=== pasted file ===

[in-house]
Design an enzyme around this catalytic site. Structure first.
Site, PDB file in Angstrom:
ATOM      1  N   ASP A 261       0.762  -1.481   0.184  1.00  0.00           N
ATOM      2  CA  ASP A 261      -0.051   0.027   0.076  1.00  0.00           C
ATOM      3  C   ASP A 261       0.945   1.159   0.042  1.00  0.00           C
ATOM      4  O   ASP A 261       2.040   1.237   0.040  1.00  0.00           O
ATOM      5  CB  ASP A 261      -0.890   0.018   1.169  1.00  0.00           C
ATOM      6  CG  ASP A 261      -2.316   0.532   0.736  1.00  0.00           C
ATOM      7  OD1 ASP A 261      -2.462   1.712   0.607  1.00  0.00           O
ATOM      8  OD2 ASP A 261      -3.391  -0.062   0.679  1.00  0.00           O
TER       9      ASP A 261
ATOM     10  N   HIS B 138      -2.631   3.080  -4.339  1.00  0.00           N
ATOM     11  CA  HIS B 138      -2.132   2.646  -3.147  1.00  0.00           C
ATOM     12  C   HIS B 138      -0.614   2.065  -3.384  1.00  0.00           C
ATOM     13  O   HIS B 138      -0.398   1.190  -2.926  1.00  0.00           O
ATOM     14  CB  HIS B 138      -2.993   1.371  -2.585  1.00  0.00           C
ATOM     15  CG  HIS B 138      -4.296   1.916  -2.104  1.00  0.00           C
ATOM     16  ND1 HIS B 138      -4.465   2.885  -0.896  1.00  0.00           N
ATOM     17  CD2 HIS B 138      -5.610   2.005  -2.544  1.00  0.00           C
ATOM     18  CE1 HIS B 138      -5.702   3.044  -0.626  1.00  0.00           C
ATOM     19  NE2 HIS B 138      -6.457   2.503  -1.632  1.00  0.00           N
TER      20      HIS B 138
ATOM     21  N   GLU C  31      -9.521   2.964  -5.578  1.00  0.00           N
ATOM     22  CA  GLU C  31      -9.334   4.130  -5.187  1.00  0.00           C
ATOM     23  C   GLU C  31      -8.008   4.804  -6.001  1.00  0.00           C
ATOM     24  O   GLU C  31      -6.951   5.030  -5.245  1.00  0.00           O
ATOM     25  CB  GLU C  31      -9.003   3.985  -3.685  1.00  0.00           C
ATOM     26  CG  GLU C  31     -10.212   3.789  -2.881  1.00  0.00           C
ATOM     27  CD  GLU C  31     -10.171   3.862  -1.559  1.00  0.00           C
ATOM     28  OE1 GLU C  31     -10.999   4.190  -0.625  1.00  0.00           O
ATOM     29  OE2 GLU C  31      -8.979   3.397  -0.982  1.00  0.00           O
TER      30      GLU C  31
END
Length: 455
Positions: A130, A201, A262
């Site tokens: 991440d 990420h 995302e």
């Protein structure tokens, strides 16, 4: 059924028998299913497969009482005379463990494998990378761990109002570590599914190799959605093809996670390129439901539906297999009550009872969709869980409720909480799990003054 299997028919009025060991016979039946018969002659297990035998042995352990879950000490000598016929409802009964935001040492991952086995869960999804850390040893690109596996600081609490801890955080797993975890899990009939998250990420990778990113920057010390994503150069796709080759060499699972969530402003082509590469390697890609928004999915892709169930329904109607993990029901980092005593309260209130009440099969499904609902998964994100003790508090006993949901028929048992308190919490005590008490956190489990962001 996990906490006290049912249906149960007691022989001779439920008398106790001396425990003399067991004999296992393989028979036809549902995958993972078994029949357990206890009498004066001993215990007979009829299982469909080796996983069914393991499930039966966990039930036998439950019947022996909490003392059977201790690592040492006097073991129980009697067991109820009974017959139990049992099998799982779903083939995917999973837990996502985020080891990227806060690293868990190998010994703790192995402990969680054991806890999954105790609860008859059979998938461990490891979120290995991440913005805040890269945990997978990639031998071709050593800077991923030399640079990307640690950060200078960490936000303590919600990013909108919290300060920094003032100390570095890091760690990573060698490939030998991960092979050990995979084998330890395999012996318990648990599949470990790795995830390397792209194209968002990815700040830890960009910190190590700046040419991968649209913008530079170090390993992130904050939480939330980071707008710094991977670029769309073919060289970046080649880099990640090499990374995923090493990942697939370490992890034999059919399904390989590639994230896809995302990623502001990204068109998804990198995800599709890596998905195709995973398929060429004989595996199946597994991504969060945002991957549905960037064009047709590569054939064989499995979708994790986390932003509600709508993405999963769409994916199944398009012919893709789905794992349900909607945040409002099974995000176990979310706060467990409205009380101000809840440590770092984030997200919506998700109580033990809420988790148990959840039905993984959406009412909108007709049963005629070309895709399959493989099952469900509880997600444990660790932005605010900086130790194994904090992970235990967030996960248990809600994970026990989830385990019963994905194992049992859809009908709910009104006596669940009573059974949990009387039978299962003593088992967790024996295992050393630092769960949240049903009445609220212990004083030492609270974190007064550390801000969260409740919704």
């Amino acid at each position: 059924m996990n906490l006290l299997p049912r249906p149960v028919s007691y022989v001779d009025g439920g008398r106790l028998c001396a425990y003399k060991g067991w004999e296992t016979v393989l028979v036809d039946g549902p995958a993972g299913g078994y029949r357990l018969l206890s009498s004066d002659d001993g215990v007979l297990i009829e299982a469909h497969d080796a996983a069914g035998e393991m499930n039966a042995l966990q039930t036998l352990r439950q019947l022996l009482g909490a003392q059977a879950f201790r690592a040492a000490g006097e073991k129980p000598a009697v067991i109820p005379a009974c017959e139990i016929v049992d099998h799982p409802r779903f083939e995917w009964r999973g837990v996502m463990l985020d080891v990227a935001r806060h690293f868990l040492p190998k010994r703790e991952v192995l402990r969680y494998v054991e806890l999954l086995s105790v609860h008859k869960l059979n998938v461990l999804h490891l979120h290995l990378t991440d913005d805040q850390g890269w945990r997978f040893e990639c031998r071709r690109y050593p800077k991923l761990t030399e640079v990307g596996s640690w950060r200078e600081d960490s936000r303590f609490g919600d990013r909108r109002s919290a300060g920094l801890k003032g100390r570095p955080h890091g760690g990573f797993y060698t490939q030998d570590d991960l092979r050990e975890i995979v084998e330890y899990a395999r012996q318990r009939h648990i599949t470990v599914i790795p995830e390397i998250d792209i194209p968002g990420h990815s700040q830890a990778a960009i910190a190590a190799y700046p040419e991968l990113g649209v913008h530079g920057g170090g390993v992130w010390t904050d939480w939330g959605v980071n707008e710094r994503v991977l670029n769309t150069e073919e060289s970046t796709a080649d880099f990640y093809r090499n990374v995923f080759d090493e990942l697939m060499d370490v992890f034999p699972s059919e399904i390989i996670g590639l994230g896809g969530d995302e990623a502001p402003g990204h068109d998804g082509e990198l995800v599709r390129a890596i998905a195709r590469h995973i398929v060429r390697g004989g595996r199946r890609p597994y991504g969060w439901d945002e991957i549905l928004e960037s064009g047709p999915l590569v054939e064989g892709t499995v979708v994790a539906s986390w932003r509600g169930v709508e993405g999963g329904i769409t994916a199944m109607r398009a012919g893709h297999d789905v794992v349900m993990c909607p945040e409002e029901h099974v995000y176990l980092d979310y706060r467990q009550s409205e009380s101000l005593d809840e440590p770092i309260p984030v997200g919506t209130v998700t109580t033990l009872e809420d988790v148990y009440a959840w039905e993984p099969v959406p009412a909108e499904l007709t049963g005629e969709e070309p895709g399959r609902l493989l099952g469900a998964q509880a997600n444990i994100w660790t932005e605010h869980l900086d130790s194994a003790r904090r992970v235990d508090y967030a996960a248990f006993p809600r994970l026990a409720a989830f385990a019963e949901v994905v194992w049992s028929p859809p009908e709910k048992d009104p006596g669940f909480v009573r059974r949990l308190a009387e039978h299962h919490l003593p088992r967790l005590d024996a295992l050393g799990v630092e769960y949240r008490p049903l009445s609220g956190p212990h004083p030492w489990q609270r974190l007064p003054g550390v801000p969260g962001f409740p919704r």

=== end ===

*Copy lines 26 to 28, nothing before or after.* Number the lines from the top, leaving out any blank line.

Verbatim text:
ATOM     23  C   GLU C  31      -8.008   4.804  -6.001  1.00  0.00           C
ATOM     24  O   GLU C  31      -6.951   5.030  -5.245  1.00  0.00           O
ATOM     25  CB  GLU C  31      -9.003   3.985  -3.685  1.00  0.00           C